• intermediate -
• intermolecular force -
• intrinsic property -
• ion – a molecule that has gained or lost one or more electrons
• ionic bond – electrostatic attraction between oppositely charged ions
• ionization -The breaking up of a compound into separate ions.

## J

• Joule – The SI unit of energy, defined as a newton-meter.

## K

• kelvin – A unit of measure for temperature based upon an absolute scale.
• ketone – an organic compound with a carbonyl group between two carbon atoms
• Kinetics – A sub-field of chemistry specializing in reaction rates
• Kinetic energy – The energy of an object due to its motion.

## N

• natural abundance -
• neat – conditions with a liquid reagent or gas performed with no added solvent or cosolvent
• neutron – a neutral unit or subatomic particle that has no net charge
• neutrino – a particle that can travel at speeds close to the speed of light and are created as a result of radioactive decay
• nucleus – the centre of an atom made up of neutrons and protons, with a net positive charge
• noble gases – group 18 elements, those whose outer electron shell is filled
• non-metal – an element which is not metallic
• nuclear – of or pertaining to the atomic nucleus
• nuclear magnetic resonance spectroscopy – technique that exploits the magnetic properties of certain nuclei, useful for identifying unknown compounds
• number density – a measure of concentration of countable objects (atoms, molecules, etc.) in space; number per volume

## P

• pH – the measure of acidity (or basicity) of a solution
• passivation
• plasma – state of matter similar to gas in which a certain portion of the particles are ionized
• other metal – metallic elements in the p-block, characterized by having a combination of relatively low melting points (all less than 950 K) and relatively high electronegativity values (all more than 1.6, revised Pauling)
• potential energy – energy stored in a body or in a system due to its position in a force field or due to its configuration
• precipitate – formation of a solid in a solution or inside another solid during a chemical reaction or by diffusion in a solid
• precision – How close the results of multiple experimental trials are. See also accuracy.
• photon – a carrier of electromagnetic radiation of all wavelength (such as gamma rays and radio waves)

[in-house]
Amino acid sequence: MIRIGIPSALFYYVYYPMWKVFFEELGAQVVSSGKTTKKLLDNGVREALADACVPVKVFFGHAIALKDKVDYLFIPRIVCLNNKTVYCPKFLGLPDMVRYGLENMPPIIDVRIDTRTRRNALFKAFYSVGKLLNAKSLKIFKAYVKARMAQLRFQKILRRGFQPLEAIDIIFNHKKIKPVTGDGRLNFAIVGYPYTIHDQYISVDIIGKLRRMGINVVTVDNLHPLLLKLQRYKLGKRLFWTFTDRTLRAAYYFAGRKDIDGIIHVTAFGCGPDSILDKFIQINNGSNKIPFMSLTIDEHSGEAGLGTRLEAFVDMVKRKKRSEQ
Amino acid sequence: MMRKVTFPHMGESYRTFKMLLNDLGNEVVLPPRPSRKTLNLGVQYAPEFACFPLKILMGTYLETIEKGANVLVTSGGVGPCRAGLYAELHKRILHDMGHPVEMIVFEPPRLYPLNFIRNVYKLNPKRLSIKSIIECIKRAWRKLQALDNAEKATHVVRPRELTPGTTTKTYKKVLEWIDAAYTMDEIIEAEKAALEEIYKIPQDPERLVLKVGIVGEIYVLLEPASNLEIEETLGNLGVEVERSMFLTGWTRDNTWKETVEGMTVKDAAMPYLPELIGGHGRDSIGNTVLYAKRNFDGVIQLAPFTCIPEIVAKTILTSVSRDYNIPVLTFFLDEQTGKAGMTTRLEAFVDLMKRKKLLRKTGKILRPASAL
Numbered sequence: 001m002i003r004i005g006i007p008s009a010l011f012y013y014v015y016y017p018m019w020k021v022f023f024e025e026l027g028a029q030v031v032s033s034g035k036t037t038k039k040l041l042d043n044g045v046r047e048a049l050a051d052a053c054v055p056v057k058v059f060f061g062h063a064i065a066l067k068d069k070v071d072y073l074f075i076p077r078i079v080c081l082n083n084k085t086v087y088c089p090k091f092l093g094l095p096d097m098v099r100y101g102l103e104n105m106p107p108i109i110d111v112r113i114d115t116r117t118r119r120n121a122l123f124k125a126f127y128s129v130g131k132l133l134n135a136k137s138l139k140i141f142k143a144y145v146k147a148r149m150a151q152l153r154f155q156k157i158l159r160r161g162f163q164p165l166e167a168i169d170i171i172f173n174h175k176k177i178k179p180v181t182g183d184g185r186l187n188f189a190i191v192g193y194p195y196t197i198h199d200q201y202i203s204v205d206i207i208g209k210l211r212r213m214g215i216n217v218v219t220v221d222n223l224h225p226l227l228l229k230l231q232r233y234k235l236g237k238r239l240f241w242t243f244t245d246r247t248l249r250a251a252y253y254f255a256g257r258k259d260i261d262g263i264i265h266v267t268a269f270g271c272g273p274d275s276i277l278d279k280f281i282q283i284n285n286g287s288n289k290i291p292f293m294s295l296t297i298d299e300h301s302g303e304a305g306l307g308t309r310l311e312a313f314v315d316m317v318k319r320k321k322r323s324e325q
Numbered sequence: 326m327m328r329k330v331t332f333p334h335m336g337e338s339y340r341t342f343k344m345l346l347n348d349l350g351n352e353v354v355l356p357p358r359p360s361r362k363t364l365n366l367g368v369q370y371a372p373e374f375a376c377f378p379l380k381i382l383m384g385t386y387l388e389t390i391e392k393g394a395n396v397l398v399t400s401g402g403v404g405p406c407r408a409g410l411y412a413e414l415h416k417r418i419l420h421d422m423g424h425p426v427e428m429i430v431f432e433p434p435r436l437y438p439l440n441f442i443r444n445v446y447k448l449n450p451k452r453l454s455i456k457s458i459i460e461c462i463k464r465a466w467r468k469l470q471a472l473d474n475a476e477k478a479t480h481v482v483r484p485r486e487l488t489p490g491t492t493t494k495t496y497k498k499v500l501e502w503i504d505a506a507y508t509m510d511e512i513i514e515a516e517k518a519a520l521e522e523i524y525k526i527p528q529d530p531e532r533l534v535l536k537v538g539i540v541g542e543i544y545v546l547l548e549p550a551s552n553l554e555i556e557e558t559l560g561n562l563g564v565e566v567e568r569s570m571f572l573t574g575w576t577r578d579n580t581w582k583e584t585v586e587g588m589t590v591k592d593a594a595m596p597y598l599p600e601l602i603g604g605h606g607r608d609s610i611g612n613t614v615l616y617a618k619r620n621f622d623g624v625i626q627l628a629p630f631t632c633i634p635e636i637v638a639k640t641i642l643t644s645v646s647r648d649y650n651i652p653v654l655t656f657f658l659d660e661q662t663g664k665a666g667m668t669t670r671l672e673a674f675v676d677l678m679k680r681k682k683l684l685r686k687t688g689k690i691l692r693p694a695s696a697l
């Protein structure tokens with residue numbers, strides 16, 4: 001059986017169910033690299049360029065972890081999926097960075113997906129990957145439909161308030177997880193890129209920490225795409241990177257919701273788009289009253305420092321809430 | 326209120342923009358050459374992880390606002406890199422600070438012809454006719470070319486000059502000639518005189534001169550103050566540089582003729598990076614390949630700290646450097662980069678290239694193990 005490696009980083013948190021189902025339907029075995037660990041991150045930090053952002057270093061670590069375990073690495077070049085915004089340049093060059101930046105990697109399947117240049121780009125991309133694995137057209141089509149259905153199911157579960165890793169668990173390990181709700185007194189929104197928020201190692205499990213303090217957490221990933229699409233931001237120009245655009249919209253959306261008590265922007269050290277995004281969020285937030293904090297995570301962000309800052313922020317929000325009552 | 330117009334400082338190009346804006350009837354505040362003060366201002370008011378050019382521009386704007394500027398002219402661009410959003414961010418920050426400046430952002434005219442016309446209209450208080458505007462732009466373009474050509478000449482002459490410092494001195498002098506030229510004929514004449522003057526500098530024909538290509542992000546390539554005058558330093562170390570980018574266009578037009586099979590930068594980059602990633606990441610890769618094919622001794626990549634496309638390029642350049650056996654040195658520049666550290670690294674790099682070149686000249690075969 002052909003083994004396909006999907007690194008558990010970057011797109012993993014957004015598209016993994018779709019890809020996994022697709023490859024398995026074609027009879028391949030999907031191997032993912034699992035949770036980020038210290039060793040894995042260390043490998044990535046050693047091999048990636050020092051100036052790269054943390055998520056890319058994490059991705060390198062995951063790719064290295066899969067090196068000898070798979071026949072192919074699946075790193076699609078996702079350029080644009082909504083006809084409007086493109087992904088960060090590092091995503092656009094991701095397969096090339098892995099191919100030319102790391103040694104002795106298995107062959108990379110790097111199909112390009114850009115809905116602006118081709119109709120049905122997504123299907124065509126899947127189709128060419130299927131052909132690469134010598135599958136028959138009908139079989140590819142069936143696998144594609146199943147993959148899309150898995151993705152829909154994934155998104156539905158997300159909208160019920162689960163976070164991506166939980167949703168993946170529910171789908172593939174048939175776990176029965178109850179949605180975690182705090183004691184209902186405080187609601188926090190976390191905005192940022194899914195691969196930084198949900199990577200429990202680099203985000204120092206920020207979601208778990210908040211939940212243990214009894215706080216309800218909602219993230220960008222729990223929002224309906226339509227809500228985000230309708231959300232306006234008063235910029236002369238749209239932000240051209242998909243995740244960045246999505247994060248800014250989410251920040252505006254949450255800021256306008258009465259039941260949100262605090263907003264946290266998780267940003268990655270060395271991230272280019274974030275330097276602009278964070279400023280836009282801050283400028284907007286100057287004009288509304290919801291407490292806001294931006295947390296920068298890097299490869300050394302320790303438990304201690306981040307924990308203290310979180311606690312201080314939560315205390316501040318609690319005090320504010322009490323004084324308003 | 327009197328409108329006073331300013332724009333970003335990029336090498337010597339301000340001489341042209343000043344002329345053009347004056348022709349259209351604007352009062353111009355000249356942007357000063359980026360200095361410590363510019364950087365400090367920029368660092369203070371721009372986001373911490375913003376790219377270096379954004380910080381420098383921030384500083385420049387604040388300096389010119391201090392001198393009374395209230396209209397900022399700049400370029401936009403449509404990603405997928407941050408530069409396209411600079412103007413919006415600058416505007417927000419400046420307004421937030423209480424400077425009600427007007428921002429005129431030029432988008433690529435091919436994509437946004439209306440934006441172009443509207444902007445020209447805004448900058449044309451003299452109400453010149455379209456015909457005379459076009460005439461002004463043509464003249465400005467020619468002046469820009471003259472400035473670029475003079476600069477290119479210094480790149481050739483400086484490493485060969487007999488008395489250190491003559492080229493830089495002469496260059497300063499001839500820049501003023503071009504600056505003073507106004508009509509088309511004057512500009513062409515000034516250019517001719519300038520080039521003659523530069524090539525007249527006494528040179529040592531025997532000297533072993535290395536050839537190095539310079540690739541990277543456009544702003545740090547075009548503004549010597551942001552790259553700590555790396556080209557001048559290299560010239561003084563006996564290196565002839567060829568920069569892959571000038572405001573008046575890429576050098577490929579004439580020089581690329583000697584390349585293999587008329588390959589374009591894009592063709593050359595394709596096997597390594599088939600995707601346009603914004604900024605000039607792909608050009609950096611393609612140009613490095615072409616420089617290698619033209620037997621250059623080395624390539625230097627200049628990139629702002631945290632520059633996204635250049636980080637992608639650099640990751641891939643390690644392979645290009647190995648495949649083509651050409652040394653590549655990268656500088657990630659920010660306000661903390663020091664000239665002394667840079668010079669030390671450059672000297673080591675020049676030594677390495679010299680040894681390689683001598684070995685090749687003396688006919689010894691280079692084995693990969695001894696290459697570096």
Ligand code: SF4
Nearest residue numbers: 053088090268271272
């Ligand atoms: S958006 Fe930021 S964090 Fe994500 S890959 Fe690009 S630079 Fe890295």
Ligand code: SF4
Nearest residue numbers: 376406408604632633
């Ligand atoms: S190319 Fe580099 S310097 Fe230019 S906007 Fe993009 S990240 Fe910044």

• proton – a positive unit or subatomic particle that has a positive charge
• protonation – the addition of a proton (H+) to an atom, molecule, or ion

## Q

• quantum mechanics – the study of how atoms, molecules, subatomic particles, etc. behave and are structured
• quarks – elementary particle and a fundamental constituent of matter
• quanta- It is the minimum amount of bundle of energy

## S

• s-block elements – Group 1 and 2 elements (alkali and alkaline metals), which includes Hydrogen and Helium
• salts – ionic compounds composed of anions and cations
• salt bridge – devices used to connection reduction with oxidation half-cells in an electrochemical cell
• saline solution – general term for NaCl in water
• Schrödinger equation – quantum state equation which represents the behaviour of an election around an atom
• semiconductor – an electrically conductive solid that is between a conductor and an insulator
• serial dilution -
• single bond – sharing of one pair of electrons
• sol – a suspension of solid particles in liquid. Artificial examples include sol-gels.
• solid – one of the states of matter, where the molecules are packed close together, there is a resistance of movement/deformation and volume change; see Young's modulus
• solute – the part of the solution that is mixed into the solvent (NaCl in saline water)
• solution – homogeneous mixture made up of multiple substances. It is made up of solutes and solvents.
• solvent – the part of the solution that dissolves the solute (H2O in saline water)
• spectrochemistry -
• spectroscopy – study of radiation and matter, such as X-ray absorption and emission spectroscopy
• speed of light – the speed of anything that has zero rest mass (Energyrest = mc² where m is the mass and c is the speed of light)
• Standard conditions for temperature and pressure or SATP – a standardisation used in order compare experimental results (25 °C and 100.000 kPa)
• state of matter – matter having a homogeneous, macroscopic phase; gas, plasma, liquid, and solid are the most well known (in increasing concentration)
• structural formula -
• sublimation – a phase transition from solid to limewater fuel or gas